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Shit rules

Posted Apr 09 2009 7:14pm

This post is from Fionn, who works on a betterplace incubator project:

As Joana has already mentioned in ealier posts, Noa Lerner, Holger Schmitz and I are working on a sanitation project for the bottom of the pyramid market segment.It started as part of this WTO-Project on betterplace. We decided to design a squat toilet which requires no H2O and for which, therefore a drainage system is not required.

Our first prototype/ concept enables the residents of slums, who live in cramped  conditions, often in one room, to own their own toilet.  A mechanical syphon will permit the odourless enclosing of faeces and urine in a tank. The tank, when full,  can be transported to a public bio digester. Here the contents will be turned into methane gas.

A nanotechnological finishing surface will facilitate the complete emptying of the tank. The biodigester can be connected, according to need,  to an energy kiosk in which the methane gas can be transformed into electricity. In turn, slum residents will  be able to charge batteries. Small businesses, such as goldsmiths where well-lit work places are needed,  could  operate using the methane gas.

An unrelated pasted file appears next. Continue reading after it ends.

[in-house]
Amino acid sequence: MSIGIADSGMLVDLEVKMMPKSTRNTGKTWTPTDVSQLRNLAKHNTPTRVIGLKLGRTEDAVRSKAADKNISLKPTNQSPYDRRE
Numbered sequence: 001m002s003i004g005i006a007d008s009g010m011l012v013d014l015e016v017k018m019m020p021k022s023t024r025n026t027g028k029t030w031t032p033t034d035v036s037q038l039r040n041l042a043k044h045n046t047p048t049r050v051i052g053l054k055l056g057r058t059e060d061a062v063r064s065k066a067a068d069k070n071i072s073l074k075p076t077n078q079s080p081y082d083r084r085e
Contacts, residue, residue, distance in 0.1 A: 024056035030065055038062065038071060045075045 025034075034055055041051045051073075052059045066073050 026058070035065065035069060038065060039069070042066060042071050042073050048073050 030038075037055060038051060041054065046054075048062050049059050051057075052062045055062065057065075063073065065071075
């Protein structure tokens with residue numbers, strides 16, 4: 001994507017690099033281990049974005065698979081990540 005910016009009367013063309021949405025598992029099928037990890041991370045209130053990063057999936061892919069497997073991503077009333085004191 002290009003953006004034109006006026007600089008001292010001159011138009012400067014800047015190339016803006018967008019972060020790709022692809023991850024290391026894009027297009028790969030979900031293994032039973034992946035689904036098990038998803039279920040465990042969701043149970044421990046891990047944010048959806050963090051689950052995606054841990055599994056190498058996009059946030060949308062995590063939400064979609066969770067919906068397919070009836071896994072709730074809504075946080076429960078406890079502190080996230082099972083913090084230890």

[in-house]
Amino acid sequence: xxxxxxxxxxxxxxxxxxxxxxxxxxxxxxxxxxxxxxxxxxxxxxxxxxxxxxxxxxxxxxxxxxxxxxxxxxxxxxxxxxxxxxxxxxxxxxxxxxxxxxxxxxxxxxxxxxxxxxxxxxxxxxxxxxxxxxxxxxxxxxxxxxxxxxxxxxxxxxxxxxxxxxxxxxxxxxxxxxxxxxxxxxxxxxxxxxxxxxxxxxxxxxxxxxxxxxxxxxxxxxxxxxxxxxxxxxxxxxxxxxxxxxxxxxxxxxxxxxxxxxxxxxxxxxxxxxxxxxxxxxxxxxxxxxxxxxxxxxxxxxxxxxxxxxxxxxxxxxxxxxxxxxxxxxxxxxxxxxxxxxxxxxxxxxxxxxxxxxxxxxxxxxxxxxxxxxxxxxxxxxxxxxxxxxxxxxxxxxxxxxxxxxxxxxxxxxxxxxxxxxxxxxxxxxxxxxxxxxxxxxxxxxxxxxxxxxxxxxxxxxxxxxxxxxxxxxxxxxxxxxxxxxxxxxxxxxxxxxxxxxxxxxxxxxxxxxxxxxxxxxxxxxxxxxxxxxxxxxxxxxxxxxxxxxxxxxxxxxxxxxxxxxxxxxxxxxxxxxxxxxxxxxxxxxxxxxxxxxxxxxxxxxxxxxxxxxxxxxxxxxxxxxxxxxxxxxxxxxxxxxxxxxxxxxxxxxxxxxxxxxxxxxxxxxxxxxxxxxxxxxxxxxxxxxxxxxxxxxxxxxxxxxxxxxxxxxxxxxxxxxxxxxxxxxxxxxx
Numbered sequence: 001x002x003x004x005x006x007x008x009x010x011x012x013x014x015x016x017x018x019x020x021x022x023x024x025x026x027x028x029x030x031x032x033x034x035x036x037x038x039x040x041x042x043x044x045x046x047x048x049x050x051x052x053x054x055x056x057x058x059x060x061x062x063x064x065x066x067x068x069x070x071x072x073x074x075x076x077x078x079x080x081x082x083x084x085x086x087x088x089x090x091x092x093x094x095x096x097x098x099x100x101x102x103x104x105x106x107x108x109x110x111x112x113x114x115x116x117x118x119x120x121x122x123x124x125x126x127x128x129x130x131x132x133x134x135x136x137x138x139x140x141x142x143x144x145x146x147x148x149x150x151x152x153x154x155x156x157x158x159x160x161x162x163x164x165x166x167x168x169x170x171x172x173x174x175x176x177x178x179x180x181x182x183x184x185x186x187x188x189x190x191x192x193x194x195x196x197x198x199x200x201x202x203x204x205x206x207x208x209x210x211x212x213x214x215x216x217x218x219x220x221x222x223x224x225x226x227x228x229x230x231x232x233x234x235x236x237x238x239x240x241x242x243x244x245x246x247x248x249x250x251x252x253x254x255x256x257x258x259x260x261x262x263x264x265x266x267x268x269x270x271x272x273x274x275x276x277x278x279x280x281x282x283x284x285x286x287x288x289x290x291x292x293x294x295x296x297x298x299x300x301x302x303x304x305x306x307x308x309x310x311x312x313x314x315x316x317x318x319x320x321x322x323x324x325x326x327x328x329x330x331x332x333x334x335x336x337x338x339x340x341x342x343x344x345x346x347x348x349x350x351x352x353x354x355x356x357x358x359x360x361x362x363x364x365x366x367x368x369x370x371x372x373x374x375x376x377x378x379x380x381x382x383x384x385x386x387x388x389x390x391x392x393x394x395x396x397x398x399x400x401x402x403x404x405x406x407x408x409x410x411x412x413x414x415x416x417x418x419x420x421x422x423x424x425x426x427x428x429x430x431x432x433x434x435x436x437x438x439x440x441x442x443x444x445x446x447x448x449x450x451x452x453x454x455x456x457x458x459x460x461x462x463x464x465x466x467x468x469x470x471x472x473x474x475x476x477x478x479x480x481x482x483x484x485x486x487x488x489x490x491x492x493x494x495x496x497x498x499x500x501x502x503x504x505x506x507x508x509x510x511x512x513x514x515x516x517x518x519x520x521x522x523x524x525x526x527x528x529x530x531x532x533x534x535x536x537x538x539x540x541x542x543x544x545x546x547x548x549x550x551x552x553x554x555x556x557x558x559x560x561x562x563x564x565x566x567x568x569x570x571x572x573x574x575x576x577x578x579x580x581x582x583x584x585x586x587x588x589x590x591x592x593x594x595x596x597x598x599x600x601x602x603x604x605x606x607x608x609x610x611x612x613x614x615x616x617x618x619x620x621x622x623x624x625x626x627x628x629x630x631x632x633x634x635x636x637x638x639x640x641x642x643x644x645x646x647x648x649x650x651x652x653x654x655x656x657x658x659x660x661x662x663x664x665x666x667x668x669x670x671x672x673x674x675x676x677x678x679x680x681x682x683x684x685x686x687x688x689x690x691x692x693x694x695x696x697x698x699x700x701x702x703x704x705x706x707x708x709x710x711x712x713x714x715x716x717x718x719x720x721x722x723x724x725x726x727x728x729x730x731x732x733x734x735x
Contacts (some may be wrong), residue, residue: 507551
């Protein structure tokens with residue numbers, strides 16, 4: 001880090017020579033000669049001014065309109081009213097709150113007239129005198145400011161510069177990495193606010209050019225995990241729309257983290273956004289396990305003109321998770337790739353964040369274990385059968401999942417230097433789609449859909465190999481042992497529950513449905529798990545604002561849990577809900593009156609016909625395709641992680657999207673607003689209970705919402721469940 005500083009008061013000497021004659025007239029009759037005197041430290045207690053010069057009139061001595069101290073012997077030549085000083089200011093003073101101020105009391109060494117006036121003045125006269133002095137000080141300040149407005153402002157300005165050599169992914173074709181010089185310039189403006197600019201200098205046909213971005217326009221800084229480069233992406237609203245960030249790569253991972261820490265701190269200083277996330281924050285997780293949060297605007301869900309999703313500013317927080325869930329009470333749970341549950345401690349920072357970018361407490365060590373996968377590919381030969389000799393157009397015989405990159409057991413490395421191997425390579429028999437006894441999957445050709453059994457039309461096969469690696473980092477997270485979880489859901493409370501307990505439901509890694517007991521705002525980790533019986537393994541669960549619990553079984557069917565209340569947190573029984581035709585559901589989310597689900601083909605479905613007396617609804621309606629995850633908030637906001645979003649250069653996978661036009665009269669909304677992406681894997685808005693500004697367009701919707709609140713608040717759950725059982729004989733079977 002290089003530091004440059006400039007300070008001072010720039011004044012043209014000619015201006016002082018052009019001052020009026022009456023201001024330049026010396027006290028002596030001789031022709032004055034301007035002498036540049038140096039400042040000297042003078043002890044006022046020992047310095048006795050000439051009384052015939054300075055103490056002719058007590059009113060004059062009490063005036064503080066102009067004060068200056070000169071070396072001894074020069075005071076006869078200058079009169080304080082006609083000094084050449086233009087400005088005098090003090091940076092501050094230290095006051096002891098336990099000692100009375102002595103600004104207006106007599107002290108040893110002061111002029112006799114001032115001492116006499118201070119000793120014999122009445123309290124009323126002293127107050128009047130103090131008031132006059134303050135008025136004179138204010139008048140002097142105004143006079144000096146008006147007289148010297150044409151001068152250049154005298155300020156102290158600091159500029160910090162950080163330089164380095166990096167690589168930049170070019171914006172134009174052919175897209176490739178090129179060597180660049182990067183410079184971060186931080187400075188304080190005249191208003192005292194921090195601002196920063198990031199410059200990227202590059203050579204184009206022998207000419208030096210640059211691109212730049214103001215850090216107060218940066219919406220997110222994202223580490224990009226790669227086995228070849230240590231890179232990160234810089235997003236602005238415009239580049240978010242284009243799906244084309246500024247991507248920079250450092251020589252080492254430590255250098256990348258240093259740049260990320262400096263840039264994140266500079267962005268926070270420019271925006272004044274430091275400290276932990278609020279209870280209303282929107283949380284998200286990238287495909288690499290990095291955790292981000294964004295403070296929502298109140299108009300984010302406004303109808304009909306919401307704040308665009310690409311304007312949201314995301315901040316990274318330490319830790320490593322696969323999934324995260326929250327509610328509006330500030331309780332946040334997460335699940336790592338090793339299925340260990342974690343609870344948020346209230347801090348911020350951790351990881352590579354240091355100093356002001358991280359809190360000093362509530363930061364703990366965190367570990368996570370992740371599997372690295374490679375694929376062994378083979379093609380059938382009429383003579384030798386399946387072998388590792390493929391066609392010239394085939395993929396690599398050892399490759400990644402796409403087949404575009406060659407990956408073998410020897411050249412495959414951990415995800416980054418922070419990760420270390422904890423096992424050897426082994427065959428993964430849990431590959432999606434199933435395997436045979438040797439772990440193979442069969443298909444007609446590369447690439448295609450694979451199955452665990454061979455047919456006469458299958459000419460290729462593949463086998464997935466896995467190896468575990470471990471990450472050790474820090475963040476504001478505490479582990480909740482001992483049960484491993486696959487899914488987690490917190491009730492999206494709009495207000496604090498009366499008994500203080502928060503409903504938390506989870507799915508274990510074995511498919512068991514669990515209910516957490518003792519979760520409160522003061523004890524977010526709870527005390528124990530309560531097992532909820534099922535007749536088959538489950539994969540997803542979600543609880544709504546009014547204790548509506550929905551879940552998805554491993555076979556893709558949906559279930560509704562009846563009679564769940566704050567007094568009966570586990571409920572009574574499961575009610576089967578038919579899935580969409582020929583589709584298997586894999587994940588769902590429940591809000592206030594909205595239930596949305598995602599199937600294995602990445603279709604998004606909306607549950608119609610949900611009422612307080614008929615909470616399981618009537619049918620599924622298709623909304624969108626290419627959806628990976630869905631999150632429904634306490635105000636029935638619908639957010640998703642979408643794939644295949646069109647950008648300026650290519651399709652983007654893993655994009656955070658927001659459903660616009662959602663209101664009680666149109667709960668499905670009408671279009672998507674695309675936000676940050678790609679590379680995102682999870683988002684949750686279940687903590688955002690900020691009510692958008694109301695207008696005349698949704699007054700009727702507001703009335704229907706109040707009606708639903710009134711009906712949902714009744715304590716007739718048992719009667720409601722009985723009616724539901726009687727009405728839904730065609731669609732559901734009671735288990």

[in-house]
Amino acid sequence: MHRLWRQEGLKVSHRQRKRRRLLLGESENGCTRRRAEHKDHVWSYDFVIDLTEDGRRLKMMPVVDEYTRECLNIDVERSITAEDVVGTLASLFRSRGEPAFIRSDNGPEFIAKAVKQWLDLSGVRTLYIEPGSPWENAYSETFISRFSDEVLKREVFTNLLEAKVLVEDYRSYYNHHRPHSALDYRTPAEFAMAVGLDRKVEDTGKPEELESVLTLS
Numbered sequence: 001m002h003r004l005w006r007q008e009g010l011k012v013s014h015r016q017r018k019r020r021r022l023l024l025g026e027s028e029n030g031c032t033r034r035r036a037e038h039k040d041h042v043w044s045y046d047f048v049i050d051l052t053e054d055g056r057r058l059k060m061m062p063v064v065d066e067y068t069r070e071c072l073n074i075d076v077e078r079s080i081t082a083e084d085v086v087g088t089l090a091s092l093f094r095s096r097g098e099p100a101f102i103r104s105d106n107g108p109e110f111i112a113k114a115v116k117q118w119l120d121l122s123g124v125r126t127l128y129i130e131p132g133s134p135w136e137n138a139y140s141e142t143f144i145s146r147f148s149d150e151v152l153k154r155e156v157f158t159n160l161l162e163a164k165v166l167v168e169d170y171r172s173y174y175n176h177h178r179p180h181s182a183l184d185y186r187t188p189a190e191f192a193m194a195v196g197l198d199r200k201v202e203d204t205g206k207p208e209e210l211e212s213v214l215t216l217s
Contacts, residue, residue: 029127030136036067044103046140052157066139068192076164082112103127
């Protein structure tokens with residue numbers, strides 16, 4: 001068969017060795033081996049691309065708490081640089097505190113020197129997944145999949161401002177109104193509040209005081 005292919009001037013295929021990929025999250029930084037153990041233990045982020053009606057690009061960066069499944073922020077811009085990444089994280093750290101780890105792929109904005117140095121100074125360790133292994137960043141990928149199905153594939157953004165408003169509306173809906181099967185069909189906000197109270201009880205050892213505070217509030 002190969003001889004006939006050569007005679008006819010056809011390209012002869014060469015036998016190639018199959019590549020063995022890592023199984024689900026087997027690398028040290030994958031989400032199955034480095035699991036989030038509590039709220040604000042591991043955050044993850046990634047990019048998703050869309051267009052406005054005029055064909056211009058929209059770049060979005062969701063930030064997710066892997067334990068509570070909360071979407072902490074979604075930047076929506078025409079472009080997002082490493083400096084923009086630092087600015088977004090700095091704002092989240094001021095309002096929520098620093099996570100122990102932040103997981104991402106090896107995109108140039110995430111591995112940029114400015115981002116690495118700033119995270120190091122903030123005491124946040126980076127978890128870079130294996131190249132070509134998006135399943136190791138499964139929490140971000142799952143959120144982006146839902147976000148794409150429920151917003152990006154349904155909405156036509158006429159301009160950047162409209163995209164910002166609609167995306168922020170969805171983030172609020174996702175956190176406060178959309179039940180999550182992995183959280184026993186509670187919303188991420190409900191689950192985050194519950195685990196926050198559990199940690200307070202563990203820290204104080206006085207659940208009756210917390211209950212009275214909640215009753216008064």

Maybe you remember Joana talking about a little stop and motion film we made from cut out fotos, finaly here it is :

 

To prove our concept, we recently went to India for two weeks. Here we had the honuer to work together with Dr. Pathak, the founder of Sulab international. His organisation is successfully trying to improve sanitation in India: up to this day, they already installed 1,2 million privat and 7000 public toilets. Together with his engineers , biologists and mathematicians  we work on all the issues which were still open regarding biogas and electricity.

Another part of our field study in India was to talk to the future owners of the toilets. We wanted to find out if they actually would be open for our sanitation concept and how they would like there toilets  to be designed.

Prepared with specialy designed interview tools we went into the living areas, were we not only talked to the inhabitants, but also tried out our first prototype, which we had brought along from Germany.

At the moment we are evaluating the results from our trip to India and prepare our business plan. This we will be presenting at the University of Arts in Berlin in April.

Fionn Dobbin

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